Professor Harry (Henry) Jones died on August 24, 2015, at 70 years of age. He was a professor of condensed matter physics at the Clarendon Laboratory, Oxford University, where he worked for 44 years until his retirement in 2012. While at Oxford his main research interests were in high magnetic fields, superconductivity and cryogenics. Jones also led the High Magnetic Fields and Superconductivity Group, de facto the UK National High Magnetic Field Laboratory, for almost 30 years and was chairman of the British Cryogenics Council (BCC) from 2005 to 2014.
Jones’ career began with recruitment from the Atomic Energy Research Establishment at Harwell and a position in its Electronics and Applied Physics Division. In 1968, he joined the Magnet Group at Oxford University and helped equip the laboratory with superconducting magnets that including the mobile 16.5 T magnet system, the world’s first superconducting magnet above 15 T as well as the world’s first operational hybrid magnet.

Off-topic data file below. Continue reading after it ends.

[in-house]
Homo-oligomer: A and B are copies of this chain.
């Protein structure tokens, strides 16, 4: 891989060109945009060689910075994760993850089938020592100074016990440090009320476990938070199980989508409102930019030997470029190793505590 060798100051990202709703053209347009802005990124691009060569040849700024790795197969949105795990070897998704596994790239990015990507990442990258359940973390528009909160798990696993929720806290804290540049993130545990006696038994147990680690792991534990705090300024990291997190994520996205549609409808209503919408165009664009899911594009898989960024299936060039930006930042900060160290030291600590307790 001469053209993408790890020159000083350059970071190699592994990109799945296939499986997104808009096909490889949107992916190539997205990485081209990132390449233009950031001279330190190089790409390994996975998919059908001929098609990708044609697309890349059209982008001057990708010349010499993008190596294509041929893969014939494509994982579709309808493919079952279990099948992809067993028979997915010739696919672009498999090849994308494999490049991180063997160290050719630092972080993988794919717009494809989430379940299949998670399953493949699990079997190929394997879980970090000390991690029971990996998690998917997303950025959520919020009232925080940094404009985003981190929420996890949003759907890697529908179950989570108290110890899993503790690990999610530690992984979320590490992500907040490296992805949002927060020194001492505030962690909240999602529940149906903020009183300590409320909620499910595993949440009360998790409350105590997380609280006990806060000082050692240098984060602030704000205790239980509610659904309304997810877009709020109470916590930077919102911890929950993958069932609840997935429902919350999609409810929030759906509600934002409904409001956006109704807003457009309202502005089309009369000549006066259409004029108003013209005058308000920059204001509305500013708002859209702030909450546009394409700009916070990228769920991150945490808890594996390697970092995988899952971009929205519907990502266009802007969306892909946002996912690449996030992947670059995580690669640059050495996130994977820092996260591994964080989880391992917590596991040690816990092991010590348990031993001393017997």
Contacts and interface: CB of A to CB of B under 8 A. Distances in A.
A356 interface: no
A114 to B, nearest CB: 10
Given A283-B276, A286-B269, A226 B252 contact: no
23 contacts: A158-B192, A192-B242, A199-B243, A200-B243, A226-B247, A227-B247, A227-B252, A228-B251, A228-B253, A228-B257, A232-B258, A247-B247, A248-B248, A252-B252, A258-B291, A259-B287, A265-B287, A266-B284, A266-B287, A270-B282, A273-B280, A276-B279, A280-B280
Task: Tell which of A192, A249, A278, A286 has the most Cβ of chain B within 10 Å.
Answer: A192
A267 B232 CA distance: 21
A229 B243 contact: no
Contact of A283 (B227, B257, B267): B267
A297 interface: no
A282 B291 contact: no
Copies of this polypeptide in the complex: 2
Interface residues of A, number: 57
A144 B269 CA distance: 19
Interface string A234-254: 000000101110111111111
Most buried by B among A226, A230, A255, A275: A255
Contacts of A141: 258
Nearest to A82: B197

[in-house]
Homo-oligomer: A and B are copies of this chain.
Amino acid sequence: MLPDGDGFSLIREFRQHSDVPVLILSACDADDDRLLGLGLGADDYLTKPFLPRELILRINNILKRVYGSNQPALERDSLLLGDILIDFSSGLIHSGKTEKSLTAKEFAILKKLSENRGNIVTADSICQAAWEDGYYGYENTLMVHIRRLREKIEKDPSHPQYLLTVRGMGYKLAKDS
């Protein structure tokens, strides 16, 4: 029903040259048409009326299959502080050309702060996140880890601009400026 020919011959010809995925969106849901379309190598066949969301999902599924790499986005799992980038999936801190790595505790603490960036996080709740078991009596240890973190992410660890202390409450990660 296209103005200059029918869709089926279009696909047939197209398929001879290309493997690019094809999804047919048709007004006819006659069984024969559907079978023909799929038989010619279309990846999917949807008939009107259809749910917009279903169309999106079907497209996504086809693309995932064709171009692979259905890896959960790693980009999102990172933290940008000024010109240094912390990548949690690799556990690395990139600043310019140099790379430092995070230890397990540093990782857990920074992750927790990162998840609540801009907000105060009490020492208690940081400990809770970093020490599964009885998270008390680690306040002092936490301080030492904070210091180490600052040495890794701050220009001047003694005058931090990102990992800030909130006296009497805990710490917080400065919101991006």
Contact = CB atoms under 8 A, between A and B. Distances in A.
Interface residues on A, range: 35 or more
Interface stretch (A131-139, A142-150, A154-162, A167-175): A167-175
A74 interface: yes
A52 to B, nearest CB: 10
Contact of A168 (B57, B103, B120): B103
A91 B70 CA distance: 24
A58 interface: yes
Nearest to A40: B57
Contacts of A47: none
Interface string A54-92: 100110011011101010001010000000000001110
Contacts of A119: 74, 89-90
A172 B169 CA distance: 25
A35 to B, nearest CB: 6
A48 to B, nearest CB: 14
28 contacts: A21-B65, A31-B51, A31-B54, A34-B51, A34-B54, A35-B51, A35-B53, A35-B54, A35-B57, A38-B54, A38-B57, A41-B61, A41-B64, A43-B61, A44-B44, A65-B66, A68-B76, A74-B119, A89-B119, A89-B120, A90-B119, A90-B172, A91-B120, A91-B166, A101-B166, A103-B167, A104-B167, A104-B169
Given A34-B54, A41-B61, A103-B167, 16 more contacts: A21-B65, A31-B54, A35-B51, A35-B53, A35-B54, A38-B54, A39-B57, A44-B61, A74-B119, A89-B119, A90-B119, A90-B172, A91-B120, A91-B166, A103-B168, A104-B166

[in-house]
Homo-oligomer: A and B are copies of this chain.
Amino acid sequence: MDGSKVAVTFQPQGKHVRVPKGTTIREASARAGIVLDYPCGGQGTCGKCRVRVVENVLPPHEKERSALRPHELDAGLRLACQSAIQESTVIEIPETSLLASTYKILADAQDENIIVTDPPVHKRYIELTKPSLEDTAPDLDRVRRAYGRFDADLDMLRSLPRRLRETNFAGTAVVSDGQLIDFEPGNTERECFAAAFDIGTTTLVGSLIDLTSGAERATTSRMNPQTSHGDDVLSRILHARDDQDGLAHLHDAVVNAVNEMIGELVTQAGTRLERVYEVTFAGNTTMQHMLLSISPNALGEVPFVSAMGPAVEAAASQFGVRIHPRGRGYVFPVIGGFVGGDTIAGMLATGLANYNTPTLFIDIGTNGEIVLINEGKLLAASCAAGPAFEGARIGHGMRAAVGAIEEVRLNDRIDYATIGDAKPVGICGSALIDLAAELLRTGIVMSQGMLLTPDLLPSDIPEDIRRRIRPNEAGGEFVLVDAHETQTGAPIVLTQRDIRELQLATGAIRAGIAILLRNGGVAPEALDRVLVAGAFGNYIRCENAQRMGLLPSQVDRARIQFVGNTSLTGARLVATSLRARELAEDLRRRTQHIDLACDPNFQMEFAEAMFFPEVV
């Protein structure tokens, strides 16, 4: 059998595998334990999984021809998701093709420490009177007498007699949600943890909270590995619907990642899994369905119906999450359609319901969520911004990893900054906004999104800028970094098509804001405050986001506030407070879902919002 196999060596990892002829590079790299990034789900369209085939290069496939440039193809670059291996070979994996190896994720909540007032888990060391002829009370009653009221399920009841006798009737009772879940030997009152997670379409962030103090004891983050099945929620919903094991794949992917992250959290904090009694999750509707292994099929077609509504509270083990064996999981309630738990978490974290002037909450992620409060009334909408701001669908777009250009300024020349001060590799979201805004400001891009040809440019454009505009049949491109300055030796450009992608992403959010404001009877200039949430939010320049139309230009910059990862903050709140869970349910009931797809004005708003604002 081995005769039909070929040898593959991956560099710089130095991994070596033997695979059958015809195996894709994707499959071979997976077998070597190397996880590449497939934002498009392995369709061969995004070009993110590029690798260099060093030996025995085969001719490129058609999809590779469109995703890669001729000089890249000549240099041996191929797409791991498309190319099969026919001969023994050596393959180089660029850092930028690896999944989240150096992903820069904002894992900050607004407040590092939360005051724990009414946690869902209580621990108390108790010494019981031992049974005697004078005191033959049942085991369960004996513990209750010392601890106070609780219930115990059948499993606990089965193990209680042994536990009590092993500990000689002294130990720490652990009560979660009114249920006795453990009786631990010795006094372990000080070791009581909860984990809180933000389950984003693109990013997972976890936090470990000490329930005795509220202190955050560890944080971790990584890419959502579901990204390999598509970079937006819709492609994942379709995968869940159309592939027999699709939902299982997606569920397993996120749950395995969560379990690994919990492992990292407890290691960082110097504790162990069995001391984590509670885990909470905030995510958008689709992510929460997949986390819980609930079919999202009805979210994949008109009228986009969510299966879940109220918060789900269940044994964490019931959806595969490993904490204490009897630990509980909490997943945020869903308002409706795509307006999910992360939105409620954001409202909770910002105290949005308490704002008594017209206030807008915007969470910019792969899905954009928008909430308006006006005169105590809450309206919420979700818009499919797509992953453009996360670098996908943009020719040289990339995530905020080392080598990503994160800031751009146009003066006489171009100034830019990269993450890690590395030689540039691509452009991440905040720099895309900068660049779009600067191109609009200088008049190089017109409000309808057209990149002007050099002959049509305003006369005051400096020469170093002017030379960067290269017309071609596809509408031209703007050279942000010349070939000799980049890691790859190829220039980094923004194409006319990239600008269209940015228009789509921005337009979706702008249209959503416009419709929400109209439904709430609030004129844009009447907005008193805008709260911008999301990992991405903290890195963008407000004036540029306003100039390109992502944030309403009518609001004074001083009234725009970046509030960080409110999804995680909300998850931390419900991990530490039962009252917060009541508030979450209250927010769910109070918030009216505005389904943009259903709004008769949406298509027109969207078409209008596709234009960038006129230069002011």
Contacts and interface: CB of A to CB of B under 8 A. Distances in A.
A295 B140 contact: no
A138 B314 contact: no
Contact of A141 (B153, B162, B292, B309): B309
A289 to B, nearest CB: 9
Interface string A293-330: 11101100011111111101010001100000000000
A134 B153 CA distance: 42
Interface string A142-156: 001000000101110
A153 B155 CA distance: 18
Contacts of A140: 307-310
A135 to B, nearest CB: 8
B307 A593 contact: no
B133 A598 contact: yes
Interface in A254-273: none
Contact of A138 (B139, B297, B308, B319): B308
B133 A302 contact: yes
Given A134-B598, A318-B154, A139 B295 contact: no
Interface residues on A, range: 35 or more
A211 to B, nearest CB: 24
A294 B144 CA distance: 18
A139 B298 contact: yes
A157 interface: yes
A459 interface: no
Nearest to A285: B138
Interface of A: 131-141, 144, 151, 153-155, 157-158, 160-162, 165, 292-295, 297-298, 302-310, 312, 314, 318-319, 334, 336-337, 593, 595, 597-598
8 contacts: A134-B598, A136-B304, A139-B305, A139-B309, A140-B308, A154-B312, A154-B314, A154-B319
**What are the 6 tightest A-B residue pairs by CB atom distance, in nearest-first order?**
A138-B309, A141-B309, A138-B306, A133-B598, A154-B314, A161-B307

In 1987, Jones pioneered the development of a unique high strength composite copper and steel conductor that broke the 50 T barrier for pulsed fields and eventually lead to the world’s first non-destructive measurements in magnetic fields above 75 T. He was always interested in developing novel difficult measurements and was recognized as one of the world’s experts for accurate measurements of the critical current density and induced resistive transition of both low temperature and high temperature superconductors.
Jones served on numerous technical committees and produced over 150 refereed scientific publications. As a research supervisor and leader he is remembered for his intense curiosity and drive to discover new and useful science. He was an inspirational colleague and researcher, possessed of strong personal warmth and good humor.